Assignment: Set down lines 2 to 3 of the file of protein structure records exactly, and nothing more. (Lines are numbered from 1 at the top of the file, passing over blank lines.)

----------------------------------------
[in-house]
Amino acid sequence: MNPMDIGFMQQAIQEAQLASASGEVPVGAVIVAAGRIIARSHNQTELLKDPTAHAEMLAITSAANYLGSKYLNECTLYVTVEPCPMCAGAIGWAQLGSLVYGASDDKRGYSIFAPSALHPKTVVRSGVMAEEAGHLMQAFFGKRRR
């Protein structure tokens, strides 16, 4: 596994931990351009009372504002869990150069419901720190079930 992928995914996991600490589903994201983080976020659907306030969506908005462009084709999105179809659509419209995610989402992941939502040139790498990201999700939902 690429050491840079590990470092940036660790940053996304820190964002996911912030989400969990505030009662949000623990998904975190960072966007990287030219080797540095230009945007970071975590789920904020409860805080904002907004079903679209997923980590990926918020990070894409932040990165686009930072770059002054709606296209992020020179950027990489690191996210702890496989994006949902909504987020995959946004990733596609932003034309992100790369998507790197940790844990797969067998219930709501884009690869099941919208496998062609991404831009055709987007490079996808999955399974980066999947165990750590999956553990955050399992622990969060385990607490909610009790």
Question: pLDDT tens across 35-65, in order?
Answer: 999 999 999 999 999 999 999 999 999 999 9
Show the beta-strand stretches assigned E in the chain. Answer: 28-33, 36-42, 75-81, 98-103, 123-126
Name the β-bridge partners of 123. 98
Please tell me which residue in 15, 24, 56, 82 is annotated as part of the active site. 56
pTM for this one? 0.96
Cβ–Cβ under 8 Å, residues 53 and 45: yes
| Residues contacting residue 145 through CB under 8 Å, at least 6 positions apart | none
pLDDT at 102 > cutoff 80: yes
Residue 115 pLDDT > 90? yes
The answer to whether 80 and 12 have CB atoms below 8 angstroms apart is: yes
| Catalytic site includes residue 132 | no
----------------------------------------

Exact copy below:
Amino acid sequence: MNPMDIGFMQQAIQEAQLASASGEVPVGAVIVAAGRIIARSHNQTELLKDPTAHAEMLAITSAANYLGSKYLNECTLYVTVEPCPMCAGAIGWAQLGSLVYGASDDKRGYSIFAPSALHPKTVVRSGVMAEEAGHLMQAFFGKRRR
């Protein structure tokens, strides 16, 4: 596994931990351009009372504002869990150069419901720190079930 992928995914996991600490589903994201983080976020659907306030969506908005462009084709999105179809659509419209995610989402992941939502040139790498990201999700939902 690429050491840079590990470092940036660790940053996304820190964002996911912030989400969990505030009662949000623990998904975190960072966007990287030219080797540095230009945007970071975590789920904020409860805080904002907004079903679209997923980590990926918020990070894409932040990165686009930072770059002054709606296209992020020179950027990489690191996210702890496989994006949902909504987020995959946004990733596609932003034309992100790369998507790197940790844990797969067998219930709501884009690869099941919208496998062609991404831009055709987007490079996808999955399974980066999947165990750590999956553990955050399992622990969060385990607490909610009790």